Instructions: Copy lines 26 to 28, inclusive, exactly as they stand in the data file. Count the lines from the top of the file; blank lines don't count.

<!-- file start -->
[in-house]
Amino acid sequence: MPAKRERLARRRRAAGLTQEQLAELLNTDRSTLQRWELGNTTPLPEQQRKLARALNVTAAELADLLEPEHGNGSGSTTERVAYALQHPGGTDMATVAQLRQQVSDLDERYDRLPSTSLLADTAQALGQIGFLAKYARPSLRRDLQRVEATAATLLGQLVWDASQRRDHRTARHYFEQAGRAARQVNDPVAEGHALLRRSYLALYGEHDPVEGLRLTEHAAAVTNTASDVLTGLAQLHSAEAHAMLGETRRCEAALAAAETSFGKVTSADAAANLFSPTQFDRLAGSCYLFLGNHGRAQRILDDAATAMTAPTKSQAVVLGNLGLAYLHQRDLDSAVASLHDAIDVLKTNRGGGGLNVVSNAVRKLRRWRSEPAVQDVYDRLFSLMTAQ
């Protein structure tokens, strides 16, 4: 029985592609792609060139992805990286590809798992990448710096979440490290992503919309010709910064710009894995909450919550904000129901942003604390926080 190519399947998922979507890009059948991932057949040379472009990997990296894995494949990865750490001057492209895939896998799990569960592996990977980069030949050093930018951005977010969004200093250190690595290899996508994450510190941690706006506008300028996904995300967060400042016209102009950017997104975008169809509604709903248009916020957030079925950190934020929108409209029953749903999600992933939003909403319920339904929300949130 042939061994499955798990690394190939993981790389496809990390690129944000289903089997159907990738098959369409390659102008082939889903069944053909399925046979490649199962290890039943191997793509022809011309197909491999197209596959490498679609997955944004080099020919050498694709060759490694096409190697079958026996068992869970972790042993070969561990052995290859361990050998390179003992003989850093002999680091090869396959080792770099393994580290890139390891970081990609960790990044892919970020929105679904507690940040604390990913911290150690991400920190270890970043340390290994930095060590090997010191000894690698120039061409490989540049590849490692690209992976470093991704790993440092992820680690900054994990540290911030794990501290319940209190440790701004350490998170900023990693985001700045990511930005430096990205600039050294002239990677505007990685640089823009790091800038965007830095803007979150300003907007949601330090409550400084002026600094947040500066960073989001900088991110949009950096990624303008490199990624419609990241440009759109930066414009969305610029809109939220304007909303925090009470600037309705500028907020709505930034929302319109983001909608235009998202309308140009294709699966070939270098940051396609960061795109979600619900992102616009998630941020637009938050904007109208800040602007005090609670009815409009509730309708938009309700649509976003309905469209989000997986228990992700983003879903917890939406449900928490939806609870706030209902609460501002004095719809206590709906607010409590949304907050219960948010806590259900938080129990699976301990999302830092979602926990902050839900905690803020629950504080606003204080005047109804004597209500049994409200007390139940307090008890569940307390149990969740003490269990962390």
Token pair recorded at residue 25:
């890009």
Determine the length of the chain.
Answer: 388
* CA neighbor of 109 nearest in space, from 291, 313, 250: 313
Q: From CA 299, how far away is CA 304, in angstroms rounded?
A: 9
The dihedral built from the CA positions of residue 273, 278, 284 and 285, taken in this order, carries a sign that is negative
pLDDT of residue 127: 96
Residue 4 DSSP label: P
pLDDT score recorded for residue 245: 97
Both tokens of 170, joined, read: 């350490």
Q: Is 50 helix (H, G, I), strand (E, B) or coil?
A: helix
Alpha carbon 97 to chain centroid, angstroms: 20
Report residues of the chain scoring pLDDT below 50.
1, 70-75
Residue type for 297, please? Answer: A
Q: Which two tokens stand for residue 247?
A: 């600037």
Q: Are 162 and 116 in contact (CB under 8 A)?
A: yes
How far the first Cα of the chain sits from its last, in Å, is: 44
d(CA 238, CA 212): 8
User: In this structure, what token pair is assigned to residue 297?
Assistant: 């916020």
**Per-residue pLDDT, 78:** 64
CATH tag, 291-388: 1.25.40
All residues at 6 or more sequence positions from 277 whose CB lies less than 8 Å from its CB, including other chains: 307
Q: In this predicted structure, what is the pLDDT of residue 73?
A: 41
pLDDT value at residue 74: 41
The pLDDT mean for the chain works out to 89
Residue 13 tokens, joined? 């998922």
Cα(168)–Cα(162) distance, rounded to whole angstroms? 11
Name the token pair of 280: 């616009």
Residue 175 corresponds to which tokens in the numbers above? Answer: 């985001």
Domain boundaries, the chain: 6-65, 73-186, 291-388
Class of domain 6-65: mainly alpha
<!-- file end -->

How far the first Cα of the chain sits from its last, in Å, is: 44
d(CA 238, CA 212): 8
User: In this structure, what token pair is assigned to residue 297?